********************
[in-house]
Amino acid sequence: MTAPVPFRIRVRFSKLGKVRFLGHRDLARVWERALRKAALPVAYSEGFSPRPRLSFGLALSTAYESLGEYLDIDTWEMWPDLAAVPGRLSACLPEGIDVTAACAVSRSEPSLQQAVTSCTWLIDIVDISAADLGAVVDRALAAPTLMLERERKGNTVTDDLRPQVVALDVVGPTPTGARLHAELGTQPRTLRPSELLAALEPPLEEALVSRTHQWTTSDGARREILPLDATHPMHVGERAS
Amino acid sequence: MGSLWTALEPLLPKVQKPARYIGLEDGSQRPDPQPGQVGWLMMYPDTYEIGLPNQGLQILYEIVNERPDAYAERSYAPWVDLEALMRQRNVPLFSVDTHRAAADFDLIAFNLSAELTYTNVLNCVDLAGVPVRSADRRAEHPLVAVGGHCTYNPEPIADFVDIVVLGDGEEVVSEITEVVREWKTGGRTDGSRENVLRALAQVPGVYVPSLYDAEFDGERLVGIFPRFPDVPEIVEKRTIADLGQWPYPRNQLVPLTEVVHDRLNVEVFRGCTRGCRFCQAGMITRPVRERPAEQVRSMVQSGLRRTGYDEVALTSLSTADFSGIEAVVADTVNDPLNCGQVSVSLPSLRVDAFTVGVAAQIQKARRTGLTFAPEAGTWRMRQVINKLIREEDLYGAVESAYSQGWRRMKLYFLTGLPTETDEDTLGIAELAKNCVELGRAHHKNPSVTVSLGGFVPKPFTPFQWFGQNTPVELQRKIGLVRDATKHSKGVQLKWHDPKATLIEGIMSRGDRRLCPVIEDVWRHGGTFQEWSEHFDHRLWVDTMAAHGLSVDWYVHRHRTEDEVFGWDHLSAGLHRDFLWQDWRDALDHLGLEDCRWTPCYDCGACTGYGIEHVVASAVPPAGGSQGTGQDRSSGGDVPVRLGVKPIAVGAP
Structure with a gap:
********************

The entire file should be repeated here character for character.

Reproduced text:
[in-house]
Amino acid sequence: MTAPVPFRIRVRFSKLGKVRFLGHRDLARVWERALRKAALPVAYSEGFSPRPRLSFGLALSTAYESLGEYLDIDTWEMWPDLAAVPGRLSACLPEGIDVTAACAVSRSEPSLQQAVTSCTWLIDIVDISAADLGAVVDRALAAPTLMLERERKGNTVTDDLRPQVVALDVVGPTPTGARLHAELGTQPRTLRPSELLAALEPPLEEALVSRTHQWTTSDGARREILPLDATHPMHVGERAS
Amino acid sequence: MGSLWTALEPLLPKVQKPARYIGLEDGSQRPDPQPGQVGWLMMYPDTYEIGLPNQGLQILYEIVNERPDAYAERSYAPWVDLEALMRQRNVPLFSVDTHRAAADFDLIAFNLSAELTYTNVLNCVDLAGVPVRSADRRAEHPLVAVGGHCTYNPEPIADFVDIVVLGDGEEVVSEITEVVREWKTGGRTDGSRENVLRALAQVPGVYVPSLYDAEFDGERLVGIFPRFPDVPEIVEKRTIADLGQWPYPRNQLVPLTEVVHDRLNVEVFRGCTRGCRFCQAGMITRPVRERPAEQVRSMVQSGLRRTGYDEVALTSLSTADFSGIEAVVADTVNDPLNCGQVSVSLPSLRVDAFTVGVAAQIQKARRTGLTFAPEAGTWRMRQVINKLIREEDLYGAVESAYSQGWRRMKLYFLTGLPTETDEDTLGIAELAKNCVELGRAHHKNPSVTVSLGGFVPKPFTPFQWFGQNTPVELQRKIGLVRDATKHSKGVQLKWHDPKATLIEGIMSRGDRRLCPVIEDVWRHGGTFQEWSEHFDHRLWVDTMAAHGLSVDWYVHRHRTEDEVFGWDHLSAGLHRDFLWQDWRDALDHLGLEDCRWTPCYDCGACTGYGIEHVVASAVPPAGGSQGTGQDRSSGGDVPVRLGVKPIAVGAP
Structure with a gap: